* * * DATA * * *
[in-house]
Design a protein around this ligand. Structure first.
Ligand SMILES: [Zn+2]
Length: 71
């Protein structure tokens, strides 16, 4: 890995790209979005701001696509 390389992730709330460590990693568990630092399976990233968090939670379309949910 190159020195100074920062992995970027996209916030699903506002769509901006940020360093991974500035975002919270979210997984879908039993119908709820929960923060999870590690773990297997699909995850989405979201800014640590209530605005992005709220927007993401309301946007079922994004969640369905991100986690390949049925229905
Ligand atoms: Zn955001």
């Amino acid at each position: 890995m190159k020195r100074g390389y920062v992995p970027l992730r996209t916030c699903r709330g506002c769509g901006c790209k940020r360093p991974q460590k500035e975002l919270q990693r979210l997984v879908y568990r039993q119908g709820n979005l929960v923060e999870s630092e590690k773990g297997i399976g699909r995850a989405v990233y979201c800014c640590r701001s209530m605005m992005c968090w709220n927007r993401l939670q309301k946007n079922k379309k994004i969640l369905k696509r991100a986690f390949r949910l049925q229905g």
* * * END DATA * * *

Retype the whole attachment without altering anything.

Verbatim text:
[in-house]
Design a protein around this ligand. Structure first.
Ligand SMILES: [Zn+2]
Length: 71
């Protein structure tokens, strides 16, 4: 890995790209979005701001696509 390389992730709330460590990693568990630092399976990233968090939670379309949910 190159020195100074920062992995970027996209916030699903506002769509901006940020360093991974500035975002919270979210997984879908039993119908709820929960923060999870590690773990297997699909995850989405979201800014640590209530605005992005709220927007993401309301946007079922994004969640369905991100986690390949049925229905
Ligand atoms: Zn955001």
């Amino acid at each position: 890995m190159k020195r100074g390389y920062v992995p970027l992730r996209t916030c699903r709330g506002c769509g901006c790209k940020r360093p991974q460590k500035e975002l919270q990693r979210l997984v879908y568990r039993q119908g709820n979005l929960v923060e999870s630092e590690k773990g297997i399976g699909r995850a989405v990233y979201c800014c640590r701001s209530m605005m992005c968090w709220n927007r993401l939670q309301k946007n079922k379309k994004i969640l369905k696509r991100a986690f390949r949910l049925q229905g």